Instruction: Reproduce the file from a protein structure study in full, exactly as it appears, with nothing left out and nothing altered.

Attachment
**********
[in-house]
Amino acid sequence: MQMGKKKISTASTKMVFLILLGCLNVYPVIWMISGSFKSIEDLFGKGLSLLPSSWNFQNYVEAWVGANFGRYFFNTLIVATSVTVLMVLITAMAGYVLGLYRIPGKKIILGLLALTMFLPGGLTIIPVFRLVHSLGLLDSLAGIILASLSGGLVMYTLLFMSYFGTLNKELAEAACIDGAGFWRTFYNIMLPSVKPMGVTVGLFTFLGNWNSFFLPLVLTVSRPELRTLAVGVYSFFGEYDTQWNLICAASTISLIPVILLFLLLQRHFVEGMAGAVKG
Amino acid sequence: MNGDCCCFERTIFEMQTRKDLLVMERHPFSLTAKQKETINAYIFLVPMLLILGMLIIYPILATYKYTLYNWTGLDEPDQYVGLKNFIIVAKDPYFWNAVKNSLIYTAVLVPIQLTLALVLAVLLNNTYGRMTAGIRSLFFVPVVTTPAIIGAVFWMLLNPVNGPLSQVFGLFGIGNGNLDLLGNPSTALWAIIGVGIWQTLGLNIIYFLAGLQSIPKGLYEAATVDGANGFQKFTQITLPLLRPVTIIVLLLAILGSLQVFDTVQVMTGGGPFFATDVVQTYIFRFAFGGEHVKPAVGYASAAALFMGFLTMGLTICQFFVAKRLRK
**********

[in-house]
Amino acid sequence: MQMGKKKISTASTKMVFLILLGCLNVYPVIWMISGSFKSIEDLFGKGLSLLPSSWNFQNYVEAWVGANFGRYFFNTLIVATSVTVLMVLITAMAGYVLGLYRIPGKKIILGLLALTMFLPGGLTIIPVFRLVHSLGLLDSLAGIILASLSGGLVMYTLLFMSYFGTLNKELAEAACIDGAGFWRTFYNIMLPSVKPMGVTVGLFTFLGNWNSFFLPLVLTVSRPELRTLAVGVYSFFGEYDTQWNLICAASTISLIPVILLFLLLQRHFVEGMAGAVKG
Amino acid sequence: MNGDCCCFERTIFEMQTRKDLLVMERHPFSLTAKQKETINAYIFLVPMLLILGMLIIYPILATYKYTLYNWTGLDEPDQYVGLKNFIIVAKDPYFWNAVKNSLIYTAVLVPIQLTLALVLAVLLNNTYGRMTAGIRSLFFVPVVTTPAIIGAVFWMLLNPVNGPLSQVFGLFGIGNGNLDLLGNPSTALWAIIGVGIWQTLGLNIIYFLAGLQSIPKGLYEAATVDGANGFQKFTQITLPLLRPVTIIVLLLAILGSLQVFDTVQVMTGGGPFFATDVVQTYIFRFAFGGEHVKPAVGYASAAALFMGFLTMGLTICQFFVAKRLRK